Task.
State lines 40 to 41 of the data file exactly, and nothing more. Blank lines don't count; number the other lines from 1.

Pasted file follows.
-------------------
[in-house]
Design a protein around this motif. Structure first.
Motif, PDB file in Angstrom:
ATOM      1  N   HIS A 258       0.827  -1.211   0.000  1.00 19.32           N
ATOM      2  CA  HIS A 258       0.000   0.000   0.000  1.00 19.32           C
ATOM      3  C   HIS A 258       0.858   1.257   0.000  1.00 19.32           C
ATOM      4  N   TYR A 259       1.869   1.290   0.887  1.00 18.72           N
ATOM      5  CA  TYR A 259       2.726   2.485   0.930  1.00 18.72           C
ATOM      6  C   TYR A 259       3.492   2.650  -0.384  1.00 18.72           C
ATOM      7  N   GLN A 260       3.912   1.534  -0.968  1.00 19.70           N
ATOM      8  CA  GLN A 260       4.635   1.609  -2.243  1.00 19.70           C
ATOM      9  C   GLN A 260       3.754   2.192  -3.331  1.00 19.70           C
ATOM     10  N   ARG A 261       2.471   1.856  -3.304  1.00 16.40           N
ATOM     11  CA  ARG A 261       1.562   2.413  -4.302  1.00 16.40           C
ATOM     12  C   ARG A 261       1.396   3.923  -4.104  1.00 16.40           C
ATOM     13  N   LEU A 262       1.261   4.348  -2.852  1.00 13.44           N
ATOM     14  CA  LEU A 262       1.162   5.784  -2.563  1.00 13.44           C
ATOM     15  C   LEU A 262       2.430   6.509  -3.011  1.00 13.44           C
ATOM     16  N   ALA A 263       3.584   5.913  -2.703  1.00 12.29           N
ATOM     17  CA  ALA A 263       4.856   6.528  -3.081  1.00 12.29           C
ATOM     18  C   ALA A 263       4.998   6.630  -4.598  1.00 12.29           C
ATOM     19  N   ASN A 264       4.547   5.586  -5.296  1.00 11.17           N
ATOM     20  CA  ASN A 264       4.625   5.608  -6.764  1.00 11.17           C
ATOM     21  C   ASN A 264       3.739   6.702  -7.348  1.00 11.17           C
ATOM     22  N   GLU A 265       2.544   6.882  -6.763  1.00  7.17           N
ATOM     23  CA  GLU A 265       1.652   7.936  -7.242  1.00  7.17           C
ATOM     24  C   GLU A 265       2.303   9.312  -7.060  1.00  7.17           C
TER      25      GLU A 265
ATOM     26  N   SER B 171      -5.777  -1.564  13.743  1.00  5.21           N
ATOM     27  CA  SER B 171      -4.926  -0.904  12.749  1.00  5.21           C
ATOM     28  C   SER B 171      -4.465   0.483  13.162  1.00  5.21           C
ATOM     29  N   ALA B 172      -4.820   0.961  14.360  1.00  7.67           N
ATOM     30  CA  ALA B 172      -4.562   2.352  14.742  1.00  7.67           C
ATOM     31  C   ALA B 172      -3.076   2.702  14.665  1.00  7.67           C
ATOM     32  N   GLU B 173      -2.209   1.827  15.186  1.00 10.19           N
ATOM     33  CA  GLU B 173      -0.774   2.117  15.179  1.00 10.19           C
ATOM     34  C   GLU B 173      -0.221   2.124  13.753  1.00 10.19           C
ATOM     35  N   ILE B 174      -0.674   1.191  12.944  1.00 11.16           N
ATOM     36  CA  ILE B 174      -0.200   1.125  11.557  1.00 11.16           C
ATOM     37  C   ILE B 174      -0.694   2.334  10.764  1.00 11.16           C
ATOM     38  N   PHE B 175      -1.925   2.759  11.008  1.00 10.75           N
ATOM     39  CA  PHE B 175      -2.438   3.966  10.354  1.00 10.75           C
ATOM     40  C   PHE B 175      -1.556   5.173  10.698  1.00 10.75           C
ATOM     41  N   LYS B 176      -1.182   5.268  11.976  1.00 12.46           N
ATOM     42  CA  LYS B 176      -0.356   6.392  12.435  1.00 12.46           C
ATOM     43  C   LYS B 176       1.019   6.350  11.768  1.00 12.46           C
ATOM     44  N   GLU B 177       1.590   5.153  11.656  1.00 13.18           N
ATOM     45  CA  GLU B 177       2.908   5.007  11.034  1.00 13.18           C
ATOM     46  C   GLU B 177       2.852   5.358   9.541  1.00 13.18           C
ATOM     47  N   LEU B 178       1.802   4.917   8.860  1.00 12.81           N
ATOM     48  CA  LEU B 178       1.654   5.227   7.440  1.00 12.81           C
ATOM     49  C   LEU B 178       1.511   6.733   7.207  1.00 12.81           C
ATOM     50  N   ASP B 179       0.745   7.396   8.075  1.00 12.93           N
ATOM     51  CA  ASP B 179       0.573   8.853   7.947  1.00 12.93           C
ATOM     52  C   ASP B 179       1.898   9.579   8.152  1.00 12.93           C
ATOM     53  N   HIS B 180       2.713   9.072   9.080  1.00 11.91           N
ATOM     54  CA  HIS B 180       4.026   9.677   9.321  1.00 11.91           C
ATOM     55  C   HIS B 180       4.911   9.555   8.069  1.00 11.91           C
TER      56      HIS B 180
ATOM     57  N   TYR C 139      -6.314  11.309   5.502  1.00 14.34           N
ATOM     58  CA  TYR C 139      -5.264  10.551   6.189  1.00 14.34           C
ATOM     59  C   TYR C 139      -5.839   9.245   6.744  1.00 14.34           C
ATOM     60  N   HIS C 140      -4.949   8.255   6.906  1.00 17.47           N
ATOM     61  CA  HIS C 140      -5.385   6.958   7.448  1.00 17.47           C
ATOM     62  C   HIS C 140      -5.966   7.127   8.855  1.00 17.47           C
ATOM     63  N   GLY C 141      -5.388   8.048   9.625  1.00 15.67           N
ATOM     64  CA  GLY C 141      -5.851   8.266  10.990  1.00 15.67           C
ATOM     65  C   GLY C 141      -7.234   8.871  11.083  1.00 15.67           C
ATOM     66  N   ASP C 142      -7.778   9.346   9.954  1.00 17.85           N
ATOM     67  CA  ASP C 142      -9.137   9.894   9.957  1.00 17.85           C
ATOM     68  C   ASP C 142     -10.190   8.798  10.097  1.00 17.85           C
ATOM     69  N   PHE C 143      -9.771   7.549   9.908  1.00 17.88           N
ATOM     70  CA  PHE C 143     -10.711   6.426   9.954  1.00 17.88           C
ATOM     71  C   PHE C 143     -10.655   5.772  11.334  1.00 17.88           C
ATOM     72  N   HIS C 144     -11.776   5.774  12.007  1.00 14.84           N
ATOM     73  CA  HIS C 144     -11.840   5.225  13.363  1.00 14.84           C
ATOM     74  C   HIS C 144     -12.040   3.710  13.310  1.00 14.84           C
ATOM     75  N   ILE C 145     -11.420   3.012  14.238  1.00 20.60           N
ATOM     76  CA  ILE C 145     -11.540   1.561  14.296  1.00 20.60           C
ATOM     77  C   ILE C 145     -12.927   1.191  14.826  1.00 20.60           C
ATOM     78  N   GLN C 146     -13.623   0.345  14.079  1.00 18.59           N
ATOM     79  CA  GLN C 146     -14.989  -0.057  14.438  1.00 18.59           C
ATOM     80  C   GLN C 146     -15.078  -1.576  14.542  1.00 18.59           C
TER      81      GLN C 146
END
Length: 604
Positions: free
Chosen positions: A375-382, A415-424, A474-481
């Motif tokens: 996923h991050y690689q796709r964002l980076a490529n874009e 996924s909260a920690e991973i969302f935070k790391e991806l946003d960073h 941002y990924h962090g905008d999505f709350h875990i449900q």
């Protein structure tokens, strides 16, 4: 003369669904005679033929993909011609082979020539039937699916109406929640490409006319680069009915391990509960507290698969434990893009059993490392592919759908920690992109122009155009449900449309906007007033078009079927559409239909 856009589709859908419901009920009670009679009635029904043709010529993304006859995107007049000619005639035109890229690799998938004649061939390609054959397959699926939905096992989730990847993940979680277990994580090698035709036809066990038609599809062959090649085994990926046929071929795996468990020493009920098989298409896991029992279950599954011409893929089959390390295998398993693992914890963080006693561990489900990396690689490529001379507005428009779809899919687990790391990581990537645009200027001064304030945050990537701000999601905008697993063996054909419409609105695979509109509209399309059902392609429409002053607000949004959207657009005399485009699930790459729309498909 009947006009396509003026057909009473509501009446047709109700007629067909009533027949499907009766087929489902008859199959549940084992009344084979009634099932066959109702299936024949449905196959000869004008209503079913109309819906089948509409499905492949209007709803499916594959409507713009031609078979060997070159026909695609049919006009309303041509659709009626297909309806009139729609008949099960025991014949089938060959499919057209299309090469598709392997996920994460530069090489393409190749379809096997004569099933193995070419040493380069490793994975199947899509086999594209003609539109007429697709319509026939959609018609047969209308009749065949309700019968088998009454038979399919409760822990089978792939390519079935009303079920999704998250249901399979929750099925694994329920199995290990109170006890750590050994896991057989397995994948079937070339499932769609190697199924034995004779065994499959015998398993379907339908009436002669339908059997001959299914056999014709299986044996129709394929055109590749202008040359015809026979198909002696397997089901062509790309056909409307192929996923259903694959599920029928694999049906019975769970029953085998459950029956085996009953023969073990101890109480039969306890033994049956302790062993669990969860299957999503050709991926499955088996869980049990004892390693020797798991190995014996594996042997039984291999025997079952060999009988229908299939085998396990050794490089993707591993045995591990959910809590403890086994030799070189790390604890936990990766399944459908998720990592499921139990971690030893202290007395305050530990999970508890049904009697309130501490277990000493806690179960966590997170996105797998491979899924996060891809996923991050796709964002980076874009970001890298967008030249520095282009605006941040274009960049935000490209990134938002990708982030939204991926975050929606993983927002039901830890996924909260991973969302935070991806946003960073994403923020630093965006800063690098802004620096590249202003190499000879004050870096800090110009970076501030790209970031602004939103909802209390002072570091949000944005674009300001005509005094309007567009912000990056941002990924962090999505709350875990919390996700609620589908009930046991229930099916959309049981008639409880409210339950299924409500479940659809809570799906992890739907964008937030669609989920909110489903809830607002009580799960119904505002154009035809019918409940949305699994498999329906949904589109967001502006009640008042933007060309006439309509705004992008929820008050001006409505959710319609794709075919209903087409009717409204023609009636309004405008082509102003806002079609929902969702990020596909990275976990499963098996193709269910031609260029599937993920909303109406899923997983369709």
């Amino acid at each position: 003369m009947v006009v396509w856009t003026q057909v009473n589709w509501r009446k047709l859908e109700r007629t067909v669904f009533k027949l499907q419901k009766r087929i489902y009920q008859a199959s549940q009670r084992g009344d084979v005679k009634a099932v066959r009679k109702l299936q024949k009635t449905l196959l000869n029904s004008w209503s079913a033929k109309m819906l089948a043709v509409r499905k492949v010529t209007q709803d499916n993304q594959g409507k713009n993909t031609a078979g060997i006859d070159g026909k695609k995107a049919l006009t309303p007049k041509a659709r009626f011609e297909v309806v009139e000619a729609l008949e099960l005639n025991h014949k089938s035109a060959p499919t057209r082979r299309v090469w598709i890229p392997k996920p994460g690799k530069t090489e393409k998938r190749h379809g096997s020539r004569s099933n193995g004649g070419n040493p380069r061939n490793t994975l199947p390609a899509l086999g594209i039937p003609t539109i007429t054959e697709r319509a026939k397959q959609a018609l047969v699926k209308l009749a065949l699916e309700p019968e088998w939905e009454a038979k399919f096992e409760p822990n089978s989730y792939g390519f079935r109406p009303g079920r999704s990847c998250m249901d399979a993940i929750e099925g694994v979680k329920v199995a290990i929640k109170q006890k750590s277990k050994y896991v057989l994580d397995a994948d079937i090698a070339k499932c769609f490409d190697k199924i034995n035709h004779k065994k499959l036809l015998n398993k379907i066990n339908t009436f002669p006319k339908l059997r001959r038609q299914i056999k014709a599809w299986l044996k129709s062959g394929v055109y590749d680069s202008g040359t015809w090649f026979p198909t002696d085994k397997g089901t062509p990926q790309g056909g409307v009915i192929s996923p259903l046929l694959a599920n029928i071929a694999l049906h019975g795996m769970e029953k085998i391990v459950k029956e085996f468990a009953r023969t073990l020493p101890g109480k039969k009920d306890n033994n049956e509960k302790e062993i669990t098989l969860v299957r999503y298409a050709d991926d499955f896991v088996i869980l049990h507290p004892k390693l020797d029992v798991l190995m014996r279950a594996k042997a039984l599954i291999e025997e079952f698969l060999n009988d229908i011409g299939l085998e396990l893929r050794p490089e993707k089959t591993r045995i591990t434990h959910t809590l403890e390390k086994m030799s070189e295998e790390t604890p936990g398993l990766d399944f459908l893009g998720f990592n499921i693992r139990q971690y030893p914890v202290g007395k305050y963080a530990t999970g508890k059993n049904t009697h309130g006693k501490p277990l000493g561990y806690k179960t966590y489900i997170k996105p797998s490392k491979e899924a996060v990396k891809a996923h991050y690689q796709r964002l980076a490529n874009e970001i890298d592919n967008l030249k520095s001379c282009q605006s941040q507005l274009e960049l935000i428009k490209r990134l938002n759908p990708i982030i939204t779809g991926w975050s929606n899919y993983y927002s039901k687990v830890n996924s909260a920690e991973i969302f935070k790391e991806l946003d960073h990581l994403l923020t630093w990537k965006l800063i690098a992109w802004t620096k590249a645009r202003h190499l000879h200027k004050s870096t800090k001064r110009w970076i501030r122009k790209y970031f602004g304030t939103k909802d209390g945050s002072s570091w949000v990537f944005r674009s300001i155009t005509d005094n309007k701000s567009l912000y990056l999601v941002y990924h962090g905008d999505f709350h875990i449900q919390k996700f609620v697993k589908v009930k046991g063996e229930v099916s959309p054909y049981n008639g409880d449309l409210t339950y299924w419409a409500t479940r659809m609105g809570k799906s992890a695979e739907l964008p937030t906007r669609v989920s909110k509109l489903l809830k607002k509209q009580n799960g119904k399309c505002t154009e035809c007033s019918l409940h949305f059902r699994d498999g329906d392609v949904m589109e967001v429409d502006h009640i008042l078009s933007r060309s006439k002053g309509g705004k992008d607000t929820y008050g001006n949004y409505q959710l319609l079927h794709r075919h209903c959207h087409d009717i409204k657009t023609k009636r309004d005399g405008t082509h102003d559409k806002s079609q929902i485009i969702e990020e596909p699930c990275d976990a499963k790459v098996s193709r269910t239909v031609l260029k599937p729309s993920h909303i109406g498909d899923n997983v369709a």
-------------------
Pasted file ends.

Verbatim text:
ATOM     37  C   ILE B 174      -0.694   2.334  10.764  1.00 11.16           C
ATOM     38  N   PHE B 175      -1.925   2.759  11.008  1.00 10.75           N